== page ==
Two factors that had lower impacts on adoption rates, the study found, were access to assistance from peers and access to a network of individuals who were using the same HR technology. It appears that employees are more likely to base their usage patterns on their own experiences with new systems rather than on the experiences of peers or influencers such as power users.
The Impact of Proximity
The Gartner study found that the proximity of new platforms—the ability to easily access HR apps or systems within the flow of daily work without having to repeatedly log off and on to systems—has a significant impact on adoption rates.
“As hybrid and remote work becomes more prevalent, the importance of how HR platforms and tools integrate with employees’ daily workflows increases, too,” the authors of the study wrote. 
Zachary Chertok, research manager of employee experience for IDC, a research and advisory firm in Boston, says that when new technologies are integrated into an organization’s broader operational framework, rather than siloed within given departments, the odds of adoption increase significantly.
“If you deploy a new system that solves a problem for one corner of the organization without evaluating how it fits into the broader tech stack, you can limit adoption,” Chertok says. “There is research showing that some employees engage with as many as 20 different organizational technologies in a single day. But without single sign-on to those various platforms or delivering new applications within the flow of employees’ daily work, the technology experience will be far from optimal and adoption will be impacted.”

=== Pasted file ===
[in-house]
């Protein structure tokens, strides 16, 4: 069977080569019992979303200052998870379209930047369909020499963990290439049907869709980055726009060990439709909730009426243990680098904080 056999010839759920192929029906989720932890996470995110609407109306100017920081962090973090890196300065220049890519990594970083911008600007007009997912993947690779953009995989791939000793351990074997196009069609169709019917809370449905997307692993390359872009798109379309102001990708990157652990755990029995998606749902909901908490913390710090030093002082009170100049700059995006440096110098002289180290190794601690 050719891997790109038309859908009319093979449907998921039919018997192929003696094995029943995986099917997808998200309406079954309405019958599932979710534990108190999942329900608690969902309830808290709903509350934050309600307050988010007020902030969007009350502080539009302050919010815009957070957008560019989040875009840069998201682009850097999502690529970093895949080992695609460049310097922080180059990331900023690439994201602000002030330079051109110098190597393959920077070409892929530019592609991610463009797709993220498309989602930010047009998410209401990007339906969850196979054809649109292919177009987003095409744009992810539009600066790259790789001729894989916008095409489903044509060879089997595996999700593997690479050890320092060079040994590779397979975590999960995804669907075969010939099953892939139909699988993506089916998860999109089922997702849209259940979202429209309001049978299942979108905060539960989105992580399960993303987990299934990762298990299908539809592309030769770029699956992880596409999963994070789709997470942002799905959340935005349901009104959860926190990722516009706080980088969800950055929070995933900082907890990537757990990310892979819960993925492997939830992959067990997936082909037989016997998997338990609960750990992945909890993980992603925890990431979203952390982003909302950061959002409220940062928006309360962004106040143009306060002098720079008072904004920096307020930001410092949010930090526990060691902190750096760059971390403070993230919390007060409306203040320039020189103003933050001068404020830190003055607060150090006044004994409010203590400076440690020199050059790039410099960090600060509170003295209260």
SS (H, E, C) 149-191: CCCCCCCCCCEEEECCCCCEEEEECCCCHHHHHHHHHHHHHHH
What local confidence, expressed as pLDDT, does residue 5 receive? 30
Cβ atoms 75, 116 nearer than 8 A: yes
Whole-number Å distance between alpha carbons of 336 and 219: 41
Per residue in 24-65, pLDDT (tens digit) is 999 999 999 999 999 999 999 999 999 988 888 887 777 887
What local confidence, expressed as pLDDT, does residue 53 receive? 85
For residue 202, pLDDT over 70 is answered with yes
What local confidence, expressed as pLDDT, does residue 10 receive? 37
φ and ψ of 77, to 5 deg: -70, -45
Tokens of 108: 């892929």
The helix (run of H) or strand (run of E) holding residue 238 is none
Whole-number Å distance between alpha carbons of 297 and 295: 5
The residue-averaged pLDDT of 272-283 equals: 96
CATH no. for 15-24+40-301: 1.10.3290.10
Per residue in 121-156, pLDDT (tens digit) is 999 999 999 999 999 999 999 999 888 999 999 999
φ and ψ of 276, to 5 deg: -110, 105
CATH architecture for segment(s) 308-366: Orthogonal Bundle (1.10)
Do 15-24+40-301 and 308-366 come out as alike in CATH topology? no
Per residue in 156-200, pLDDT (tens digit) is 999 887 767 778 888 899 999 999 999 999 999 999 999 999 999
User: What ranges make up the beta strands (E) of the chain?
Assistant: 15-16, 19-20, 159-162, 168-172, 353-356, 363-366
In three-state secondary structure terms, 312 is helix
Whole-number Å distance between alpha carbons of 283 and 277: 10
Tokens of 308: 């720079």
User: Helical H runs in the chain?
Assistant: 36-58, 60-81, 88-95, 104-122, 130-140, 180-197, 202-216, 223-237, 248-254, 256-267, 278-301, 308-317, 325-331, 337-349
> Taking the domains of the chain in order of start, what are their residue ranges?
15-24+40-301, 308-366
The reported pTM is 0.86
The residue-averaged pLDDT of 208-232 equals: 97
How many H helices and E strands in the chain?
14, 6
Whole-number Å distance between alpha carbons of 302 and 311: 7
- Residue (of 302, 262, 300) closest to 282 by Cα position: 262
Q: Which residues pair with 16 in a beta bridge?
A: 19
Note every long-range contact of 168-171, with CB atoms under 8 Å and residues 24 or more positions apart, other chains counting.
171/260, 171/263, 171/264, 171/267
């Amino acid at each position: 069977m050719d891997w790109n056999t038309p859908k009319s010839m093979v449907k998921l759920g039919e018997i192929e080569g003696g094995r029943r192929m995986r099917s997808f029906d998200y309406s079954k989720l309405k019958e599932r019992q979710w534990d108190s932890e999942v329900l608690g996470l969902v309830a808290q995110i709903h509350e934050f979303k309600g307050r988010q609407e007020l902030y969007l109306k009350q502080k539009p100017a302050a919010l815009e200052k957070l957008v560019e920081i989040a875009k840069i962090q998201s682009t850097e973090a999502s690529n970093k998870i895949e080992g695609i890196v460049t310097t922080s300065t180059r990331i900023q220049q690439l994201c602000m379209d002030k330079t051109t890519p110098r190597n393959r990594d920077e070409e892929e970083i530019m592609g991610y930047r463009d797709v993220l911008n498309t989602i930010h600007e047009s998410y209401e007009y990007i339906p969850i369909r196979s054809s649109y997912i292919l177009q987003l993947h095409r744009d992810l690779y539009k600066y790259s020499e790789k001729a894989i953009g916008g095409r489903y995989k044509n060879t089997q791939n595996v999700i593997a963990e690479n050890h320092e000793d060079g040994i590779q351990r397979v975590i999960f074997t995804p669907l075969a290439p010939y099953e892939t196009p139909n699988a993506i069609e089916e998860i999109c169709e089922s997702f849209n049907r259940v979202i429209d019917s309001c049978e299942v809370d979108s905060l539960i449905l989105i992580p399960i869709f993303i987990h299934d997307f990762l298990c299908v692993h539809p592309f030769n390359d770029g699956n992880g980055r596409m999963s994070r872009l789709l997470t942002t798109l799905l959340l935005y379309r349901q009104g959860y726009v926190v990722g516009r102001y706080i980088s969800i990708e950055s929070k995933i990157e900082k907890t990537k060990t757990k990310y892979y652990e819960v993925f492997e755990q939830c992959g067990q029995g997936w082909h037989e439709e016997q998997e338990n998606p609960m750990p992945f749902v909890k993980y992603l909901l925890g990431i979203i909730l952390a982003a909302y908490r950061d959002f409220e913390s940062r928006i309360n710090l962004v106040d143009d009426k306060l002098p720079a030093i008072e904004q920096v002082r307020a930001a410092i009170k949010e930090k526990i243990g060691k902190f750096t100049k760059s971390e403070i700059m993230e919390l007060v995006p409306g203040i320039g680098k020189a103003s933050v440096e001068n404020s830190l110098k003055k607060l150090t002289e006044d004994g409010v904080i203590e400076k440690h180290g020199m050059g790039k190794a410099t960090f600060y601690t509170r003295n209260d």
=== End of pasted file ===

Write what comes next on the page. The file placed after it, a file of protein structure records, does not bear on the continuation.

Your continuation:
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Rania Stewart, senior director analyst in Gartner’s HR practice, agrees that proximity is important. “Our research shows a greater willingness by employees to try applications or tools that are close to where they perform their work every day,” she says.
Stewart adds that companies seeking to encourage greater adoption of new HR technologies will need to have an answer for employees who ask, “What’s in it for me?” 
“People want to know why they should start using a new platform or application, or how it will improve their daily work lives,” she says. “You also need to look at whether adoption motivators are more organization-centric or employee-centric. Will the new tool make employees’ jobs easier or more efficient, or will it simply benefit the company from a cost savings or another perspective?”  
Dave Zielinski is a -freelance business -journalist in Minneapolis.

Illustration by Michael Korfhage for HR Magazine.

How Design Thinking Can Boost Technology Adoption